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Tristram Shandy: Conception, Cock and Bull – St James Studio, London

Writer: Laurence Sterne, adapted by Stephen Oxley

Director: Felicity Dean

Reviewer: Harry Stern

There is a real charm about Stephen Oxley’s portrayal of Laurence Sterne’s eponymous oddity depicted in selected episodes from his landmark work. He is warmly endearing, engagingly bonkers and, on occasion, gently acerbic. His meandering pontifications lead his audience by the nose through a cast list peopled with the idiosyncratic individuals which provide the canvas upon which The Life and Opinions of Tristram Shandy, Gentleman, is drawn. And a very odd assortment of creations they are, ranging from a recently conceived but yet to be born homunculus or spermatozoa to the fully blown lunacy of Tristram’s soldier uncle Toby, whose groin was crushed by an arrant piece of falling masonry at the Battle of Namur.

In reality what we are offered is a gentle, though possibly ground-breaking, presentation of what amounts to eighteenth century stand-up. Complete with its meandering down the cul de sacs of whimsy the evening contemplates the world of the utterly prosaic veneered with the absurdity that is the especial province of the story teller. As Shandy himself opines “digressions are the life and soul of a story.” The revelling in ninety minutes of mainly non sequitur is both the success of the evening as well as its shortcomings. For while it is entertaining, joyously so at times, its very lack of an urgent narrative makes it a delightful curiosity rather then a compelling piece of theatre.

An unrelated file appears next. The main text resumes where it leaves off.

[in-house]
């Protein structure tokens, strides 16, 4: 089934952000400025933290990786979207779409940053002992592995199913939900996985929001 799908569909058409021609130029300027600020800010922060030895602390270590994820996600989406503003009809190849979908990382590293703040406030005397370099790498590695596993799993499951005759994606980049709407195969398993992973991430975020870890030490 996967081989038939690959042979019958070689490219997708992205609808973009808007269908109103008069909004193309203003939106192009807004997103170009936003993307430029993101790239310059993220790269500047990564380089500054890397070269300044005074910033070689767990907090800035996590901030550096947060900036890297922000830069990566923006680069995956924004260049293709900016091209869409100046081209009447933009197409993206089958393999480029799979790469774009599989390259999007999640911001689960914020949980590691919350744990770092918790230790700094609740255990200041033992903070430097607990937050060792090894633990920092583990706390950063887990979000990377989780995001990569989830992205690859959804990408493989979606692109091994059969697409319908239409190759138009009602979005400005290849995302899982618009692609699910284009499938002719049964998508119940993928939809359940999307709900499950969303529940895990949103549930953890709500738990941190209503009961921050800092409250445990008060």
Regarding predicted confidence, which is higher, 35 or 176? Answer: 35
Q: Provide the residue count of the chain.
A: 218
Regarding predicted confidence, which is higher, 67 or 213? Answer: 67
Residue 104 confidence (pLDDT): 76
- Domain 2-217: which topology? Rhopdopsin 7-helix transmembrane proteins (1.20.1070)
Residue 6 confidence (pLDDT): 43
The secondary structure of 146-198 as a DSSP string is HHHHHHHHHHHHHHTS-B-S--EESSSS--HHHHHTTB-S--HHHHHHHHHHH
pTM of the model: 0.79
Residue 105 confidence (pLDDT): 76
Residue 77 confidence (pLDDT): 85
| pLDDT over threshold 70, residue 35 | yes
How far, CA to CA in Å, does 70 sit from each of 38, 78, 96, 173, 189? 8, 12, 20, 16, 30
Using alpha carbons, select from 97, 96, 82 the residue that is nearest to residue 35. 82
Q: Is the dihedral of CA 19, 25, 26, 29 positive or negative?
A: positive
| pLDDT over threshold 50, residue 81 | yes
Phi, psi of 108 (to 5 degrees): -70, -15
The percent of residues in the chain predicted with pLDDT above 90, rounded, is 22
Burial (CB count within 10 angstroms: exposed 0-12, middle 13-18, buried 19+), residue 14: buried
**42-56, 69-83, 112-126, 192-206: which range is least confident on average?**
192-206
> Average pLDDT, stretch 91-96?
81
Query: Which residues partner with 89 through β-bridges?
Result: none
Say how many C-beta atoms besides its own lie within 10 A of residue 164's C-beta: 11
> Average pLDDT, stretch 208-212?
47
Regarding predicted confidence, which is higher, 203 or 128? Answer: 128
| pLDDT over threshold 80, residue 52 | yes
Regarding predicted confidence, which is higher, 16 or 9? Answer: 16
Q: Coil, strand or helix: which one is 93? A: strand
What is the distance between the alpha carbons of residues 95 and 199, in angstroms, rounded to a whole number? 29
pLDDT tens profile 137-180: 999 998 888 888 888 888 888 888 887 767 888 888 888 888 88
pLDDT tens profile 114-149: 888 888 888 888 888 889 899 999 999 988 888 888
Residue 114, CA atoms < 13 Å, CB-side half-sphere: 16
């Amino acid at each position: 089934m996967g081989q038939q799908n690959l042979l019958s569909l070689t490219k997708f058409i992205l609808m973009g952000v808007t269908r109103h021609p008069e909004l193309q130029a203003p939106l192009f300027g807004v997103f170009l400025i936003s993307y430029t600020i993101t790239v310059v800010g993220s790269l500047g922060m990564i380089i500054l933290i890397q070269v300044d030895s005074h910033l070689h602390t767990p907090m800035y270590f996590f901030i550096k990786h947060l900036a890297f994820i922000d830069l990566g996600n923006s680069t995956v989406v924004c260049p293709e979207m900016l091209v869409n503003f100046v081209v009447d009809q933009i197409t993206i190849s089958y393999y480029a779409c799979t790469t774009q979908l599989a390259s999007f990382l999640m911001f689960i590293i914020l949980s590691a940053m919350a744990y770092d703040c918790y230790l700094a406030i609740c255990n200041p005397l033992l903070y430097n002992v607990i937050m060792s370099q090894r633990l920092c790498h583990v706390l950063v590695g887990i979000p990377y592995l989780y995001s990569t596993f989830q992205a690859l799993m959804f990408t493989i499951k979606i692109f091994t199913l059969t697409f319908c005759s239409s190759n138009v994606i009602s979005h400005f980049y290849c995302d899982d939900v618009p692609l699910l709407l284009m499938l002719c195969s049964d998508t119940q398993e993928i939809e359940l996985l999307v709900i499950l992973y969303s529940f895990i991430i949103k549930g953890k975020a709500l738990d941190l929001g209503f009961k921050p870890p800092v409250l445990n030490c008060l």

There is a great deal to enjoy. Whilst Oxley occasionally stumbles whilst seeking for the right word or nicely turned phrase, he delights in the showy language and the richness of character he evinces with gentle bravura for his audience. In addition to the barmy uncle there is the aggressively dotty father, the distraught serving woman who witnesses the dismemberment of the five-year-old Tristram. She watches helplessly as the sash window, out of which the youngster is urinating, due to the unavailability of a chamber pot, comes crashing down and relieves the poor unfortunate of his manhood. Or to be more accurate, his boyhood.

A very simple stage on which stand a chair and a trunk serves as the whole of Shandy’s world and Oxley is left to draw his characters with a quickfire delivery nuanced with an ever-present wryness and understated mirth. It is very nice to be in his company. Felicity Dean directs with an economy and unobtrusiveness that allows the play to flow with grace and ease.

Critics found much to praise in Sterne’s work calling this friend of David Garrick ‘the man of humour – the toast of the nation!’ whereas Dr Johnson lined up against the writer whom he found ‘odd and sordid’. Today the writing has achieved classic status and, in theatrical terms certainly, has become diminished in its ability to provoke or shock. There is so much other writing that is more strident and more theatrical. This specialised marketplace is a competitive environment and this quaint oddity which ambles amiably to its preposterous and slightly premature end may not have the punch to do much more than divert.

Runs until 14th June

Writer: Laurence Sterne, adapted by Stephen Oxley Director: Felicity Dean Reviewer: Harry Stern There is a real charm about Stephen Oxley’s portrayal of Laurence Sterne’s eponymous oddity depicted in selected episodes from his landmark work. He is warmly endearing, engagingly bonkers and, on occasion, gently acerbic. His meandering pontifications lead his audience by the nose through a cast list peopled with the idiosyncratic individuals which provide the canvas upon which The Life and Opinions of Tristram Shandy, Gentleman, is drawn. And a very odd assortment of creations they are, ranging from a recently conceived but yet to be born homunculus or…

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